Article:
Big data has been big business for some time now. The more you know about your customer, the more you can personalize offers, and the easier it is to sell more people more things. Even better, you also get to on-sell all that data that your customers pay you to collect on them, to other third-party businesses to use in their own marketing and product development: win-win!
However, big car companies are starting to learn that the so called “surveillance capitalism” economy cuts both ways. Two large automotive manufacturers are facing class action law suits over their use of big data for business gains.
The first is being sued as an accomplice in a spate of highway robberies. The company makes cars that are programmed to pull over and shut the engine down whenever the car detects the driver is fatigued, inebriated or driving erratically. Unfortunately for the company and its customers, criminals are exploiting this ‘safety feature’ by scaring drivers into erratic evasive manoeuvres, which cause the car to grind to halt, leaving the occupants sitting ducks for their attackers. To add insult to injury, insurance companies are refusing to pay out on the claims resulting from the crime spree, stating that consumers should have read their Ts&Cs more closely.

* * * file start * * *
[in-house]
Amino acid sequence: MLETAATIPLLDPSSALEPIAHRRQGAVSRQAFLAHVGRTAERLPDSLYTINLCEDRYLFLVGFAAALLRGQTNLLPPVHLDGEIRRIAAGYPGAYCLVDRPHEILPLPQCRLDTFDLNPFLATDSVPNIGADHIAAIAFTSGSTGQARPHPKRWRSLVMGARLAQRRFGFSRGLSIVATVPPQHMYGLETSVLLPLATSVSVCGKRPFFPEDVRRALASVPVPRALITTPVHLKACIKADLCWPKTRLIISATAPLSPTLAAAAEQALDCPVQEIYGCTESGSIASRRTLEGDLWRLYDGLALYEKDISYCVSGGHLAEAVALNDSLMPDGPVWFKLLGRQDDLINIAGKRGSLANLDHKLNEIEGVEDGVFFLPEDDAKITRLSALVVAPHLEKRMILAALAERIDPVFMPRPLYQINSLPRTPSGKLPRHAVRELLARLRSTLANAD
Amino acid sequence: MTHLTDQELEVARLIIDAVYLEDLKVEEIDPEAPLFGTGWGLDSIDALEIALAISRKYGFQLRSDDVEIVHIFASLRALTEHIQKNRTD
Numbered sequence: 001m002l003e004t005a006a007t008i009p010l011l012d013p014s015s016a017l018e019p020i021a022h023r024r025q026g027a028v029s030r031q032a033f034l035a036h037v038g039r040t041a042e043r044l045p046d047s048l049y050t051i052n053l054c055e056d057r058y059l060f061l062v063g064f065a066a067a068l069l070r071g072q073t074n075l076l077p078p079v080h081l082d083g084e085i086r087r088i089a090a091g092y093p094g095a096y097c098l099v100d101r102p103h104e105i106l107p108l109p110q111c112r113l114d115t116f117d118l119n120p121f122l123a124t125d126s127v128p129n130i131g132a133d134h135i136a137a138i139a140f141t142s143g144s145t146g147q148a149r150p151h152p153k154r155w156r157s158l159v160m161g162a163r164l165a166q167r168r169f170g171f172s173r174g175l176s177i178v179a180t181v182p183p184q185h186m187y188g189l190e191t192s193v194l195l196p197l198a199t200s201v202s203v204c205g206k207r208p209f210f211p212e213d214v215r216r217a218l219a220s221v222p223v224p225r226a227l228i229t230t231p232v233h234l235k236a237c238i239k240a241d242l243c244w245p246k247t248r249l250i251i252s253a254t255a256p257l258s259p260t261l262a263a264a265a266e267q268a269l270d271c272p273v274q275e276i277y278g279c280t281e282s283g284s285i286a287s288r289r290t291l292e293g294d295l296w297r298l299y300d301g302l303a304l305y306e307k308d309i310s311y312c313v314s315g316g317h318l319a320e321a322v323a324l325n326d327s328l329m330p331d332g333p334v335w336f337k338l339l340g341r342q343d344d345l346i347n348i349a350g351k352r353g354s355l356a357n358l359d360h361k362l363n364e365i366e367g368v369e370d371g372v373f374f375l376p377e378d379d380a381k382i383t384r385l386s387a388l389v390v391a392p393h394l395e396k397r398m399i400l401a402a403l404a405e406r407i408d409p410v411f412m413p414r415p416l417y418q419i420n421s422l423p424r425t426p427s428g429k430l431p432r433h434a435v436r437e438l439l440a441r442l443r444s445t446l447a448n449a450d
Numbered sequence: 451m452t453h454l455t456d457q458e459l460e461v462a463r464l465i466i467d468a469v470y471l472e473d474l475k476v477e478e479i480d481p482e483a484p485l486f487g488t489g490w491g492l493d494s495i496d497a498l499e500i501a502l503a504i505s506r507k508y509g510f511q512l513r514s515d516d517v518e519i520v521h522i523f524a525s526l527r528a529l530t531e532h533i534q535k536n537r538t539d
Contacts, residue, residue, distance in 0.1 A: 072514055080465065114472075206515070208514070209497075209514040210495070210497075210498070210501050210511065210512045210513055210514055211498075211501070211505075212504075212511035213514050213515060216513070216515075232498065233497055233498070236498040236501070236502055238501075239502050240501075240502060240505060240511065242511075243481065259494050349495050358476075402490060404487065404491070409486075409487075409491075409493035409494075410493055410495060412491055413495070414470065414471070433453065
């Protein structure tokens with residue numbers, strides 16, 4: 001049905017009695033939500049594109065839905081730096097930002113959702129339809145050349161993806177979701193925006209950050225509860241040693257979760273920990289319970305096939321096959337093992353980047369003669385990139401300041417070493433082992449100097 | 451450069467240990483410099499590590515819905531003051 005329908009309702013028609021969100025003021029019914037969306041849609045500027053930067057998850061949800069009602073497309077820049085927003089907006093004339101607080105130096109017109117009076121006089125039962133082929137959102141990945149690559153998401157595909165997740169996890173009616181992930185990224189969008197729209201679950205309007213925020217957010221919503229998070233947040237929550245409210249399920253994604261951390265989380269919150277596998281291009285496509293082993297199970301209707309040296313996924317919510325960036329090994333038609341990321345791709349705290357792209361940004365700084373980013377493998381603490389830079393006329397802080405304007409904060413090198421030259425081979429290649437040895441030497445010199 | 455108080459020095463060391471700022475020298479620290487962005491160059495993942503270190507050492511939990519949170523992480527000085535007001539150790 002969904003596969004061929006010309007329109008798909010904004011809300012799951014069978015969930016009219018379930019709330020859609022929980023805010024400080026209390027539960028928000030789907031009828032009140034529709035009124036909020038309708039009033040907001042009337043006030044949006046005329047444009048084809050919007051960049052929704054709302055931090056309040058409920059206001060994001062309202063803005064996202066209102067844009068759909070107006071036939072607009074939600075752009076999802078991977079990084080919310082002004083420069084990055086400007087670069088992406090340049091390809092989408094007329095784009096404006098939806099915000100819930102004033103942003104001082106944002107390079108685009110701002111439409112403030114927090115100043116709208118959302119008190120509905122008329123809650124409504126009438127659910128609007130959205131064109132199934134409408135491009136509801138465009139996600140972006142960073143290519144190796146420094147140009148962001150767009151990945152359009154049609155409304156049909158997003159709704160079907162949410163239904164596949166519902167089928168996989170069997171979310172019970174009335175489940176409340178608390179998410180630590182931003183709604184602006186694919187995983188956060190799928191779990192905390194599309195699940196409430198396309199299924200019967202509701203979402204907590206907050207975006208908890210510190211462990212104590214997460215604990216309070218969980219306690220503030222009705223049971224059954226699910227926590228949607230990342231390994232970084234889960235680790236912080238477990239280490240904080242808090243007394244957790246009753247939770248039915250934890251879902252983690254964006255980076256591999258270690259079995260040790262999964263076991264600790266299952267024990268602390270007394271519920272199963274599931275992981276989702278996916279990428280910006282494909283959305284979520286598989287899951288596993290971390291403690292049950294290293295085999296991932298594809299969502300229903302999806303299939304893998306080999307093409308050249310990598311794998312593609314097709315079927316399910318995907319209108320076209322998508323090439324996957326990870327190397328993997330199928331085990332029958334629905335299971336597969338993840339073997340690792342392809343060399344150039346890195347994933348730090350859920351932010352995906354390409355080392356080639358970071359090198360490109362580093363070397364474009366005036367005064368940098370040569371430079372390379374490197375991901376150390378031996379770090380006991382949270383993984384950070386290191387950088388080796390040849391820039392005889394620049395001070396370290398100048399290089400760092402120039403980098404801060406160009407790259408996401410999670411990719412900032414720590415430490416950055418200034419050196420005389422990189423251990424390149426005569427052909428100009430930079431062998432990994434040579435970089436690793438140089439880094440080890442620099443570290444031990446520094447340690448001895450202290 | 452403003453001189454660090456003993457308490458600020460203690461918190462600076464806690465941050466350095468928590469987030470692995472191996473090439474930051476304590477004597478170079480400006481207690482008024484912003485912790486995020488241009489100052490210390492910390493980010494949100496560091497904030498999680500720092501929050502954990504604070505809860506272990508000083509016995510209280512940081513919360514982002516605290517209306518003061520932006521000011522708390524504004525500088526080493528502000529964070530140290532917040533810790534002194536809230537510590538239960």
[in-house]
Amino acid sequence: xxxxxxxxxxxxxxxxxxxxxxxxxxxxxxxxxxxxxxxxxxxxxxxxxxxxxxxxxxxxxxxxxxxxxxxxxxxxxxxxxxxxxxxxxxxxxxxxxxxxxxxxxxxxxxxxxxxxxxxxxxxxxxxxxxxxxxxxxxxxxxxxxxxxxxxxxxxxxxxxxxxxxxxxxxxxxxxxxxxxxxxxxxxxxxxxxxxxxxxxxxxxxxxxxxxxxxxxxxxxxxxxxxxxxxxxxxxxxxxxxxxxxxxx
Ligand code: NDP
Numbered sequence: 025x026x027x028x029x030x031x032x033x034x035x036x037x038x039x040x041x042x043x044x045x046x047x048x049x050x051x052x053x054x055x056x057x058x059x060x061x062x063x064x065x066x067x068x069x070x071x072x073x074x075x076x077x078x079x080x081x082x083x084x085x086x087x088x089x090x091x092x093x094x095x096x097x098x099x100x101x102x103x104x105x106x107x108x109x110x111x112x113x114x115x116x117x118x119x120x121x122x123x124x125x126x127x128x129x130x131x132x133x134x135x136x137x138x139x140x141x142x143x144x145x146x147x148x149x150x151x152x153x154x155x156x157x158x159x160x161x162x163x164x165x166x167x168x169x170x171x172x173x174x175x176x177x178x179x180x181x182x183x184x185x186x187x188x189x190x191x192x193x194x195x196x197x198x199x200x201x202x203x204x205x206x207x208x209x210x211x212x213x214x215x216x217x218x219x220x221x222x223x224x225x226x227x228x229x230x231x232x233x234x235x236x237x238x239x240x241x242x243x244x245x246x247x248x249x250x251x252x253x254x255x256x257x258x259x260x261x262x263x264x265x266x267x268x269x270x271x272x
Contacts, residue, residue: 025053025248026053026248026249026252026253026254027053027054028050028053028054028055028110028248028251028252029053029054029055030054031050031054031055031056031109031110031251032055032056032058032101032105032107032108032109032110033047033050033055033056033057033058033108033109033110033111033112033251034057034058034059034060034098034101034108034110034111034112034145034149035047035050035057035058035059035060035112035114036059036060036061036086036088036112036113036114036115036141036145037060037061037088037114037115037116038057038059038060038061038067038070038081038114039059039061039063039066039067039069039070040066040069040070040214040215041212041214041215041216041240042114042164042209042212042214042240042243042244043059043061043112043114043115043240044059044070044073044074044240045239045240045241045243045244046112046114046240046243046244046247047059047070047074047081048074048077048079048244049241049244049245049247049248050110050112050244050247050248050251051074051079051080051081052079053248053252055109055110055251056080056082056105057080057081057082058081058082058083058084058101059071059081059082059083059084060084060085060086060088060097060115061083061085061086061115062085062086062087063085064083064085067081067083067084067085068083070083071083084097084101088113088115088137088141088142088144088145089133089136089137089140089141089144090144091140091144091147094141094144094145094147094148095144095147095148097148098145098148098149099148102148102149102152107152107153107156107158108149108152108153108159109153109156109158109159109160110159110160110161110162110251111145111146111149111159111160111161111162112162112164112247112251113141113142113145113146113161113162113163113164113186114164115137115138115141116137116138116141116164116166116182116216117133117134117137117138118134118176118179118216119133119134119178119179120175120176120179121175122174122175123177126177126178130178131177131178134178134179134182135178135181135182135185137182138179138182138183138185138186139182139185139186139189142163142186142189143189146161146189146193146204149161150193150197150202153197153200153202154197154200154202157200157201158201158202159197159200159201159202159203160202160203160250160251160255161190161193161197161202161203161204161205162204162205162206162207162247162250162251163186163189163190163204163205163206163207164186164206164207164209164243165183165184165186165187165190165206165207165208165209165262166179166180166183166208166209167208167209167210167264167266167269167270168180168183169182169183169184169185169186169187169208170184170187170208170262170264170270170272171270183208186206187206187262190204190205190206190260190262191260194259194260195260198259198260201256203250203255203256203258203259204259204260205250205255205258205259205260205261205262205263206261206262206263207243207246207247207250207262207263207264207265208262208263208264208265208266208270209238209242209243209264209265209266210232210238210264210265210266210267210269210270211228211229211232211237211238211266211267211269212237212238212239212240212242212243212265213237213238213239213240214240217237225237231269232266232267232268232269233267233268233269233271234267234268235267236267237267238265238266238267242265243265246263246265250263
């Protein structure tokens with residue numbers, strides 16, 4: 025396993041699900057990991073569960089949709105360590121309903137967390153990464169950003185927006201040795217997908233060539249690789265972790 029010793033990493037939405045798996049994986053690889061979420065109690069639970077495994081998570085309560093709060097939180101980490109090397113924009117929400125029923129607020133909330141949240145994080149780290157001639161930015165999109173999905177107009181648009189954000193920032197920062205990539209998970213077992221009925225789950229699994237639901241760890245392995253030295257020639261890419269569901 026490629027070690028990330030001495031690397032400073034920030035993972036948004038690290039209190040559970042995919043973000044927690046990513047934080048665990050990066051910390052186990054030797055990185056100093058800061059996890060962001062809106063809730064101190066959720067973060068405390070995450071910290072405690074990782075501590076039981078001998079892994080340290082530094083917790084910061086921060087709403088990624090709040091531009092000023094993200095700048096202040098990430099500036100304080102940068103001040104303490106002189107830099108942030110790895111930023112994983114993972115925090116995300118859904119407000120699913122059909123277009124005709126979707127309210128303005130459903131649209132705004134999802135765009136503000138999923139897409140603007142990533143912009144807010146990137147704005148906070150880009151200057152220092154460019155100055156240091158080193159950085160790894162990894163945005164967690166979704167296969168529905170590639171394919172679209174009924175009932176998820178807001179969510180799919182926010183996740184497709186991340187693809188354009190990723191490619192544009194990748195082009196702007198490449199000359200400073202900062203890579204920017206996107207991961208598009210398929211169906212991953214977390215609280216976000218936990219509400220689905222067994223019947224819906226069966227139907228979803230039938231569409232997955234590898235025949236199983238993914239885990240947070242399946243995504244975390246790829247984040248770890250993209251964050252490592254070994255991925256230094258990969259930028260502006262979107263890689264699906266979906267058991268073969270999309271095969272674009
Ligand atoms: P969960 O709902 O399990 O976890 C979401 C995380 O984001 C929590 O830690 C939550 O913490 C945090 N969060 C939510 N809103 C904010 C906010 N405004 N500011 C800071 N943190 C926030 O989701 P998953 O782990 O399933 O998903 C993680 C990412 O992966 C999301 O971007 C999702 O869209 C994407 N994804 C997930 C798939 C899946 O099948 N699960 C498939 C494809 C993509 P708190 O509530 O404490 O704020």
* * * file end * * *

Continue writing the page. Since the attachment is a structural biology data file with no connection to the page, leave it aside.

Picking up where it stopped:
The car manufacturer has no comment.
The other law suit is less deadly but just as expensive. The company is being sued for privacy violation, unfair discrimination, and emotional distress after it emerged that the firm was sharing drivers’ weights with insurance companies. The insurance companies used the personal data to penalize overweight customers with higher premiums.
Says one of the claimants, who prefers not to be named: “A lady’s weight is no-one’s business but her own!”
It seems as though the vehicle industry is learning what social networks did years ago: With great data comes great responsibility.